Looking for some delicious Lebanese cuisine in Manhattan? Well… Welcome to Au Za’atar with two locations, in East Village and Midtown this Lebanese cuisine experience is sure to live up to all of your expectations!
Manhattan is a true “melting pot”. Over 800 languages are spoken in the city. Coming from an extremely diverse background myself I always enjoyed indulging in different cultures’ cuisine and learning a thing or two about the culture, cuisine, and customs while I indulge!
Lebanon is the third-smallest country in the Middle East, Lebanon boasts over 7,000 years of rich history. The country was once owned by the French and many people in Lebanon still speak French. “The name Lebanon comes from the Semitic origin word “lbn” which means “white” in reference to the snow-capped Mount Lebanon.” – Source: CIA World Fact Book
Lebanon is among the oldest sites of wine production in the world. While at the restaurant my friends and I knew we must try Lebanese wine. We had a few glasses of “Château Heritage – Saint Elie”, a Cabernet from 2017. This Cabernet had distinct notes of blackberry, black fruit, and blackcurrant. It had subtle oaky, earthy, and red fruit notes. I would definitely describe the wine as a full-body wine that is powerful yet silky on the tongue. I would highly recommend trying this wine if you are a Cabernet fan or trying to get into Cabernet wine, due to the silky yet sharp taste.
Au Za’atar is the only place that started tableside shawarma and has been on Travel Channel, Food Network, and many other media outlets. Helmed by the Lebanese-born Tarik Fallous, the Arabian-French Bistro’s menu attempts to pay homage to all of the distinct flavors that make up traditional Lebanese cooking. “All the recipes at Au Za’atar are recipes I grew up eating, recipes from my mother and family–recipes that I enjoy cooking.” The inclusive menu, which features over 60 items, offers a roster of unrivaled classic dishes like expertly-whipped baba ganoush, a smoky in-house cultured labne, and pita bread so soft and flavorful, it hardly requires any of the signature mezze that accompanies it. On the more ambitious side, Fallous serves up dishes like Dalaa Mahshi — a braised lamb shoulder stuffed with minced beef, seasoned rice, and topped with herbs and ground nuts — or Samke Harra, a spiced sea bass fillet cooked in tahini with diced potatoes. The restaurant, cobbled together with dark wood and simple curtains, is Fallous’ fragment of Beirut in the heart of the East Village and a recent and first expansion to Midtown East. The standout dish is the tableside shawarma: a towering hunk of beef served directly from spool to plate. To prepare the meaty, cylindrical sculpture, Fallous and his team marinate fresh cuts of beef for 24 hours in house-made tahini and an eight-spice blend, before stacking them atop a spinning pole, where they’re cooked in steady, even turns on a spinning griller. Fallous delivers the contraption directly to each table, so guests can slice their fresh cuts of meat, served with warm pita, and spiced potatoes. “I wanted to have a place for my family and friends,” says Fallous, “where I can take them to Lebanon without them having to leave New York City.”
For food, we started with two large tower spreads; when I say large, I mean LARGE! The spread included all sorts of delicious items such as; hummus, pita, pickles, muhammara, tabouli salad, fattoush salad, arnabeet mekle, fattet al-betenjane, foul medames, labne, baba ganoush, and halloum mekli. The two spreads are listed under Mezze & Dips Samplers on their menu.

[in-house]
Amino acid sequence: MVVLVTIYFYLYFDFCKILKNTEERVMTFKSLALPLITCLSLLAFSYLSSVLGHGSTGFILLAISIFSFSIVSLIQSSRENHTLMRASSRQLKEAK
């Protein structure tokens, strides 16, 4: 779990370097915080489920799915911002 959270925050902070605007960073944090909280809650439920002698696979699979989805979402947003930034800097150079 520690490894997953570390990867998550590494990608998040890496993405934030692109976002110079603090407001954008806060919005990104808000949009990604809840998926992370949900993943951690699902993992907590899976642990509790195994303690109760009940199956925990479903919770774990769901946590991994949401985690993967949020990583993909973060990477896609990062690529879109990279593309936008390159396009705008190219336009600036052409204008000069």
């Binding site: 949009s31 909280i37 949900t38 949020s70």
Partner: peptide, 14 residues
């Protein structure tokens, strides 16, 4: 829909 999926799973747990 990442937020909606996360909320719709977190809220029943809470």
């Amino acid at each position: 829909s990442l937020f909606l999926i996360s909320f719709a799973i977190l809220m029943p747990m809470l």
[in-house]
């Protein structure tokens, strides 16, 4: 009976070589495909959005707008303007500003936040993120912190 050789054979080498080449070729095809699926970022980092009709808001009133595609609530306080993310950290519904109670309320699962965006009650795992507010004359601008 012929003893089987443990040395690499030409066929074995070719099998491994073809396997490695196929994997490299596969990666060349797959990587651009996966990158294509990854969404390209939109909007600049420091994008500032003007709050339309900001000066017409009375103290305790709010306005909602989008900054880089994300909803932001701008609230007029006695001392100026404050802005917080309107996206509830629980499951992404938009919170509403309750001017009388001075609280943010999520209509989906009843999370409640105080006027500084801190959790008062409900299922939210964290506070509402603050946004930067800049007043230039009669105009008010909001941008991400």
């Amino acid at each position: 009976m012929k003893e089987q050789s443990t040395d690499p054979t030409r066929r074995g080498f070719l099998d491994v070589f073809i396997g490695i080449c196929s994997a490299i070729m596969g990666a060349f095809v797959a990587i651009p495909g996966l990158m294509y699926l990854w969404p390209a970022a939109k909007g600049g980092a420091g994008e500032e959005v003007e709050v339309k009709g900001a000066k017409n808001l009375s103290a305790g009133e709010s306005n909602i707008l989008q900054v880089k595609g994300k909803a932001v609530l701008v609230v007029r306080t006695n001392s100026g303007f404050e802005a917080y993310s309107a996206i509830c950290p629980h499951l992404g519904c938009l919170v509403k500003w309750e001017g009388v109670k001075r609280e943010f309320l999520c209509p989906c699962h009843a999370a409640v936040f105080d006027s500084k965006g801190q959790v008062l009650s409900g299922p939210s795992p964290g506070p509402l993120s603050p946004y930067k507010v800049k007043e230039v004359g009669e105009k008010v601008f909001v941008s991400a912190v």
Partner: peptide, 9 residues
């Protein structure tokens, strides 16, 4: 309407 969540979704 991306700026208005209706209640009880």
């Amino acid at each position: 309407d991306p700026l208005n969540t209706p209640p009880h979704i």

My personal favorite appetizer they brought out was the halloum mekli. The halloum mekli can be described as; fried cypriot cheese drizzled with garlic honey and olive oil. All my friends and I were fighting for the last fried cheese that’s how mouthwatering each bite of the halloum mekli was. Another thing the whole table didn’t leave a trace of was the tabouli salad. Tabouli salad can be described as wheat bulgur mixed with fresh parsley, tomatoes, scallions, mint, fresh lemon juice & olive oil. Tabouli salad is delicious and healthy, can life get any better?!
After we attempted to complete the spread we received 3 Mana’eesh. Mana’eesh can be described as baked flatbread or Lebanese open-face sandwiches. We sampled the falafel pizza, za’atar manouche, jebne manouche mana’eesh’s. The falafel pizza was the table’s favorite of the 3. It was a flatbread with cheese, tomatoes, red onions, and diced falafel. The falafel was SO tasty, it honestly tasted like a lamb for a second. If I could guess I would say that falafels are a great vegetarian lamb replacement. Jebne manouche was a cheese blend flatbread, very similar to the very well know Italian classic cheese pizza. While the za’atar manouche was something I’ve never tried anything like before. The Za’atar manouche flatbread had sun-dried thyme, sesame seeds, sumac & olive oil.
We ended our feast with the delicious beef Shawarma. We had an option between chicken and beef but beef seemed to be the highly favored option for my party. Shawarma is made by placing raw meat on large, rotating cones. As the Shawarma rotates, the meat is cooked by a heat source behind the cone. The Shawarma plate also came with seasoned french fries that we couldn’t get enough of. So delicious!!!
On top of the great food and wine, the staff was so kind and insightful, they made my friends and I feel like family. I would highly recommend this restaurant to anyone who lives or will be visiting New York City. Be sure to check out their Instagram for some mouth-watering GOODEATSONLYYY.